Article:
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New drug offers hope in fight against malaria

Sunday November 16 2014

A woman is tested for malaria during a Kemri open day on December 3, 2013. FILE PHOTO

A woman is tested for malaria during a Kenya Medical Research Institute (Kemri) open day. Kenya is now home to a centre for diagnosing infectious diseases in East and Central Africa. FILE PHOTO |  NATION MEDIA GROUP

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The fight against malaria, especially in sub-Sahara Africa, has received a boost following the development of a new drug.

According to the data from the Ministry of Health, malaria is estimated to cause 20 per cent of all deaths in children under five in Kenya. 

The new drug, Artesunate-Mefloquine fixed dose combination (ASMQ FDC), was developed by Geneva-based Drugs for Neglected Diseases initiative (DNDi) and the Brazilian government.

In an exclusive interview with, DNDi Executive Director Dr Benard Pecoul described the development of ASMQ FDC as a big breakthrough in the fight against malaria in children specifically in Sub-Saharan Africa. 

"The ASMQ fixed dose combination has proven its importance and considering that a child dies every minute in Sub-Saharan Africa from malaria, there is now hope for millions of children in Africa,” Dr Pecoul said in a telephone interview from his Geneva office. 

He said there was no time to waste and urged the governments in affected countries to take up this additional treatment option to ensure their population have access to this life-saving drug.


At the same time Dr Pecoul said that at least 10 African researchers were involved in the study including two Kenyan doctors — Dr Benard Ogutu from Kenya Medical Research Institute (Kemri) in Kisumu and Dr Kevin Omondi Onyango from Centre for Clinical Research, Kemri in Nairobi. 

Dr Pecoul revealed that the Sh450 million funding for this study was provided to DNDi by the Swiss Agency for Development and Cooperation (SDC) and multiple donors from European Union while clinical investigators of the study were from Burkina Faso, Kenya and Tanzania. 

The World Health Organization (WHO) has recommended the drug which can now be available to African children. 

WHO estimates that in 2012 there were 207 million cases of malaria and that 627,000 deaths were attributed to the disease, mostly in Africa.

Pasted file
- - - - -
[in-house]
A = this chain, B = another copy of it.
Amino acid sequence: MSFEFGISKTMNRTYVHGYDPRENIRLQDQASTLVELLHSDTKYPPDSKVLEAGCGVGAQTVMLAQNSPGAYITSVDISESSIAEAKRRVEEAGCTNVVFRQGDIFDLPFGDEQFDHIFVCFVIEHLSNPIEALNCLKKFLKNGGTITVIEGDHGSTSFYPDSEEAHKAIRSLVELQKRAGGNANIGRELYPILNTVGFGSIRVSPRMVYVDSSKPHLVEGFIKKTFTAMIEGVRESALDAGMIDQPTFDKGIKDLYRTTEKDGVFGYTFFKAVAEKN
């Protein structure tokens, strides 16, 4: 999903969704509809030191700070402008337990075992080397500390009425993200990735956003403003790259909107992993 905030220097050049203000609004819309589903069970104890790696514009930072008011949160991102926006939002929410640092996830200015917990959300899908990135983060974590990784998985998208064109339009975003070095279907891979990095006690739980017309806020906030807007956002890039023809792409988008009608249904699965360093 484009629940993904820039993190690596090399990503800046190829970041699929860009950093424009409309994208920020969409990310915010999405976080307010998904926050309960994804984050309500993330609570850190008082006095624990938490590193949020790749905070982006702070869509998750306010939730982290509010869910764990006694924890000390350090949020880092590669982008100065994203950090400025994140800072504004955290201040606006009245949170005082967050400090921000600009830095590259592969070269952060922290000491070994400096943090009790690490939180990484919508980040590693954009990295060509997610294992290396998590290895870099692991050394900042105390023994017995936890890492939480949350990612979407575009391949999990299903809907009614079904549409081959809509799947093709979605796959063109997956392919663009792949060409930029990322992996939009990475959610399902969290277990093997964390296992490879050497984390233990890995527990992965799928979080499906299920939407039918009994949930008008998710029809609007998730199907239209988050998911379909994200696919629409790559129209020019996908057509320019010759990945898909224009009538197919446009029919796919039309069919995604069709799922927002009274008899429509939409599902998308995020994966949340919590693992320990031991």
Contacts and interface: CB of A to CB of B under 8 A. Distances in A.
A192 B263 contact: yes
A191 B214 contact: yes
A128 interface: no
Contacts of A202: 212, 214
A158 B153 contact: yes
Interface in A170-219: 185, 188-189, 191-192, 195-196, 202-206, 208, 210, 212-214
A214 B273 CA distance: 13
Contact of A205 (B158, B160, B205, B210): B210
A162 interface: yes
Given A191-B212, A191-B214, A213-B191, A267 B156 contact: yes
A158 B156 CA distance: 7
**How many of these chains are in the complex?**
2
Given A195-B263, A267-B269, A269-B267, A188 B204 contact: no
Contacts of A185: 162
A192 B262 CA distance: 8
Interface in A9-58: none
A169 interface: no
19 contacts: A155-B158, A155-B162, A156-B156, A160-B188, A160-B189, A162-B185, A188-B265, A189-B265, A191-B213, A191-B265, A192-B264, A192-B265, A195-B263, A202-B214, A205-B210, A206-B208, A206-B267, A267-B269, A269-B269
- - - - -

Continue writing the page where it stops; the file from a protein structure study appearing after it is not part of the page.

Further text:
Children continue to be the worst affected accounting for 77 per cent of all deaths with an estimated 462,000 deaths in African children under the age five in 2012. 


According to Dr Pecoul, the drug is registered in Tanzania and Niger. 

Interestingly, Kenya which provided some of the clinical investigators is among the 13 countries in Africa who are still reviewing the regulatory mechanism in order to register the drug which was launched on November 4 in New Orleans at the 63rd annual meeting of the American Society of Tropical Medicine and Hygiene (ASMTH). 

"It is now up to the countries in Africa to ensure the drug is included in their national guidelines, procured and distributed," said Dr Pecoul. 

He said the cost of drug will be affordable as an Indian company, Cipla, would also be manufacturing it. 

The government is currently implementing a 10 year Kenya National Malaria Strategy (KNMS) 2009 -2017 at a cost of Sh1.6 billion.

So far the government has spent more than Sh1billion. 

The strategy aims at reducing morbidity and mortality associated with malaria by 30 per cent by 2017. 

Malaria in Kenya at a glance:

  • 25 million out of a population of 34 million Kenyans are at risk of malaria.
  • It accounts for 30-50 per cent of all out-patient attendance and 20 per cent of all admission to health facilities.
  • An estimated 170million working days are lost to the disease each year.
  • Malaria is also estimated to cause 20 per cent of all deaths in children under five.
  • The most vulnerable  group to malaria infections are pregnant women and children under five.